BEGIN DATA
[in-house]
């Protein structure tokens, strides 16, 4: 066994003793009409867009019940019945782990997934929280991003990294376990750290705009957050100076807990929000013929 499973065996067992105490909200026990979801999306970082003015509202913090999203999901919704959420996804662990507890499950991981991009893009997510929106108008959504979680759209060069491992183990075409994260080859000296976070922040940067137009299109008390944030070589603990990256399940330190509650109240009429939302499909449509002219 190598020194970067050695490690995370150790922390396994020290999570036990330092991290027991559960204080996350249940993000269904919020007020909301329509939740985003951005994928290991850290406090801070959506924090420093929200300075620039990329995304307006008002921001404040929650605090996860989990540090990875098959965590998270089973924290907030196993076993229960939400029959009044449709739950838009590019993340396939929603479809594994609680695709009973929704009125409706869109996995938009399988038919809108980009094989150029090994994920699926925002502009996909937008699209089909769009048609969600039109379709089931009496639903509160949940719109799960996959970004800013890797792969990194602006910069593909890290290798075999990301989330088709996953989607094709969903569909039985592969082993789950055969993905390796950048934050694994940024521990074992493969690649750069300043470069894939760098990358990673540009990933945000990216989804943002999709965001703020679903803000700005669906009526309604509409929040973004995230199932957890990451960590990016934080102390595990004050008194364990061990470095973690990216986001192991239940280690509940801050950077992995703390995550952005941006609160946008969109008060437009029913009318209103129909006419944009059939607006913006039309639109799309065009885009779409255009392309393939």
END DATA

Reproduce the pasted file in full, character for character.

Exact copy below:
[in-house]
């Protein structure tokens, strides 16, 4: 066994003793009409867009019940019945782990997934929280991003990294376990750290705009957050100076807990929000013929 499973065996067992105490909200026990979801999306970082003015509202913090999203999901919704959420996804662990507890499950991981991009893009997510929106108008959504979680759209060069491992183990075409994260080859000296976070922040940067137009299109008390944030070589603990990256399940330190509650109240009429939302499909449509002219 190598020194970067050695490690995370150790922390396994020290999570036990330092991290027991559960204080996350249940993000269904919020007020909301329509939740985003951005994928290991850290406090801070959506924090420093929200300075620039990329995304307006008002921001404040929650605090996860989990540090990875098959965590998270089973924290907030196993076993229960939400029959009044449709739950838009590019993340396939929603479809594994609680695709009973929704009125409706869109996995938009399988038919809108980009094989150029090994994920699926925002502009996909937008699209089909769009048609969600039109379709089931009496639903509160949940719109799960996959970004800013890797792969990194602006910069593909890290290798075999990301989330088709996953989607094709969903569909039985592969082993789950055969993905390796950048934050694994940024521990074992493969690649750069300043470069894939760098990358990673540009990933945000990216989804943002999709965001703020679903803000700005669906009526309604509409929040973004995230199932957890990451960590990016934080102390595990004050008194364990061990470095973690990216986001192991239940280690509940801050950077992995703390995550952005941006609160946008969109008060437009029913009318209103129909006419944009059939607006913006039309639109799309065009885009779409255009392309393939």